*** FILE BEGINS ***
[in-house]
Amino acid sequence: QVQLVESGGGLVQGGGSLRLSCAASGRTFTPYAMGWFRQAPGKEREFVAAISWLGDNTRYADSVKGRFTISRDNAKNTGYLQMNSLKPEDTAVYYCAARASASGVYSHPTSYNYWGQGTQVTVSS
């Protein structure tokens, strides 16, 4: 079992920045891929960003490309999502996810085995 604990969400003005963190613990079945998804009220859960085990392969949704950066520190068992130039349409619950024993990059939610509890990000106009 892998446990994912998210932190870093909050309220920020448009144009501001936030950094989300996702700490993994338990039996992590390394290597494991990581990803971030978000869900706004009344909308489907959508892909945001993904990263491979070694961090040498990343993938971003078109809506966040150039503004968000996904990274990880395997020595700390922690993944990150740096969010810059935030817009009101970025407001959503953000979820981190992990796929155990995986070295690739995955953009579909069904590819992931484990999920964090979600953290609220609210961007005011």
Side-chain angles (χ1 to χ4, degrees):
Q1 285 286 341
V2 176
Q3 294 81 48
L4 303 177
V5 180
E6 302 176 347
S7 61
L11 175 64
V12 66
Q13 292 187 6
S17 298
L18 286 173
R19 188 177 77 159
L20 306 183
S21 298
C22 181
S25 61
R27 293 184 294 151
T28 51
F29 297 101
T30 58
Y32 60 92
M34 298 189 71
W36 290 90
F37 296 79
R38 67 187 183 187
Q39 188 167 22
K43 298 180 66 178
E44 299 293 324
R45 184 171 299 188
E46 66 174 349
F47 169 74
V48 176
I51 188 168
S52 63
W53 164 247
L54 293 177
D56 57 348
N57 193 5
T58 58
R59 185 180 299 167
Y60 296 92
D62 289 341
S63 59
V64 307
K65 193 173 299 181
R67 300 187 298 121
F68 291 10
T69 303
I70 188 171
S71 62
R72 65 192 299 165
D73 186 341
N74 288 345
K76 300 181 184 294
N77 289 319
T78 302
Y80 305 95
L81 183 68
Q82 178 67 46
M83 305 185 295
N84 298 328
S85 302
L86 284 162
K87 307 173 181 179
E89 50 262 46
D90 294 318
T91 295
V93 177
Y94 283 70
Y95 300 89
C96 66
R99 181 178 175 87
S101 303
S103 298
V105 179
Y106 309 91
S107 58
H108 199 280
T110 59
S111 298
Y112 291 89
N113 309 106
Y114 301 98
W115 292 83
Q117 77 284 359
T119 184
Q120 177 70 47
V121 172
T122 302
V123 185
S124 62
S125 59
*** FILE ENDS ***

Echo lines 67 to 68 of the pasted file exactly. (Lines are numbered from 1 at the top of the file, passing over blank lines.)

S85 302
L86 284 162